Too Few Get Best Migraine Drugs
Survey: Potentially Addictive Drugs Too Often Prescribed for Migraines
May 18, 2007 -- Too many patients get potentially addictive, under-effective
drugs for migraine -- and too few get the most effective migraine drugs, a new
The Harris Interactive online survey, commissioned by the National Headache
Foundation, polled 502 adult migraine patients in the U.S. The survey also
polled 201 U.S. doctors who treat migraine headaches, including 101
neurologists and 100 primary care doctors.
Surprisingly, the survey shows that one in five migraine sufferers are
taking potentially addictive opioid or barbiturate medications when they get
headaches. Just more than half of migraine patients take the newer, preferred
class of triptan drugs for their headaches.
"I was surprised that triptans are not being used more than they are,
and that so many doctors are prescribing barbiturates and opiates," Brian
M. Grosberg, MD, director of the inpatient headache program at Montefiore
Headache Center, Bronx, N.Y., tells WebMD.
The survey shows that too many doctors have as much to learn as their
patients when it comes to migraine treatment, says Donald B. Penzien, PhD,
director of the head pain center at the University of Mississippi Medical
"Clinical guidelines could not be more clear: Triptans are the
first-line treatment for migraine," Penzien tells WebMD. "If doctors
were doing a better job of getting and giving education, more patients would be
starting with these drugs."
The new survey showed:
- 60% of triptan users, but only 42% of opioid/barbiturate users, say their
medicine relieves their migraines "extremely well" or "very
- 80% of doctors say they are at least somewhat satisfied with the
side-effect profiles of triptans. But only 17% of doctors say this about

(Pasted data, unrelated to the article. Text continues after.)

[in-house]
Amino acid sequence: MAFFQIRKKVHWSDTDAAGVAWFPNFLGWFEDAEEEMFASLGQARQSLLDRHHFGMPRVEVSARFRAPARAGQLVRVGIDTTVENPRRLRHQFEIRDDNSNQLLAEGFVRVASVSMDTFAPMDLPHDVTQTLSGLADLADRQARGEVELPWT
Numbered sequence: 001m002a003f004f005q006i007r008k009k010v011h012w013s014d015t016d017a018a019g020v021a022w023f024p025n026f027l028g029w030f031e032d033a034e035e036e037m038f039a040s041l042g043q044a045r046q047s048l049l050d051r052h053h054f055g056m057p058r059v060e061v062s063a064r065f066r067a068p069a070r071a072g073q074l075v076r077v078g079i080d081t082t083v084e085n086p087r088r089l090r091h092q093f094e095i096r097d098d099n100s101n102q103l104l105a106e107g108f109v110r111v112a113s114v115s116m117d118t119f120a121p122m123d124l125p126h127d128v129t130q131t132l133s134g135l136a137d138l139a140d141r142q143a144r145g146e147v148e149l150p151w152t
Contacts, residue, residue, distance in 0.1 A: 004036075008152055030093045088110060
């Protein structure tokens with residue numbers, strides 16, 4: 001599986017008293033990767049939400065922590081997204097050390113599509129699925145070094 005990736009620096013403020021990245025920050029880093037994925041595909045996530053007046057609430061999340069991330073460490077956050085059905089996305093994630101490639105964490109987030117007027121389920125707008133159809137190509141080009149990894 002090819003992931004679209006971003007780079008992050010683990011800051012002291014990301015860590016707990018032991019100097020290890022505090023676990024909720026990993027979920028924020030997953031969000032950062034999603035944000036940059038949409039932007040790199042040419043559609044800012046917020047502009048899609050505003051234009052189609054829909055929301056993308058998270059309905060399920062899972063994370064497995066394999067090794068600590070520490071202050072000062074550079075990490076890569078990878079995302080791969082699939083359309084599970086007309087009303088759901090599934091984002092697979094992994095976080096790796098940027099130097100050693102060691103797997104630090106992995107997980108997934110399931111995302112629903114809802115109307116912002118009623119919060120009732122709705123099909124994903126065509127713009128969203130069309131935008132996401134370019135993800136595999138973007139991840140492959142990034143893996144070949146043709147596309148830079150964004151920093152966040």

opioids, and only 12% say this about barbiturates.
- Patients taking opioids and barbiturates for migraine are more likely than
those who take triptans to report that migraines "always" limit their
- An astonishing 36% of migraine patients who take opioids or barbiturates
don't know that these drugs are potentially addictive.
Migraine Treatment -- Addictive Drugs Sometimes Needed
Triptan drugs include Amerge, Axert, Frova, Imitrex, Maxalt, Relpax, and
Zomig. They are specifically approved by the FDA for the treatment of
Neither opioids nor barbiturates are FDA-approved treatments for migraine.
Opioids include morphine, codeine, and related medications. Drugs that contain
opioids include OxyContin, Darvon, and Vicodin. The barbiturates family of
drugs includes butalbital (Fiorinal, Fioricet), which has often been prescribed
for migraine patients.
Few doctors still prescribe opioids or barbiturates as first-line migraine
treatments. But when a first treatment fails, the survey shows that 25% of
general practitioners -- but only 7% of neurologists -- prescribe the drugs as
This doesn't mean that these potentially addictive drugs should never be
used. Triptans don't work for everyone -- and people at risk of heart disease
or stroke can't take them.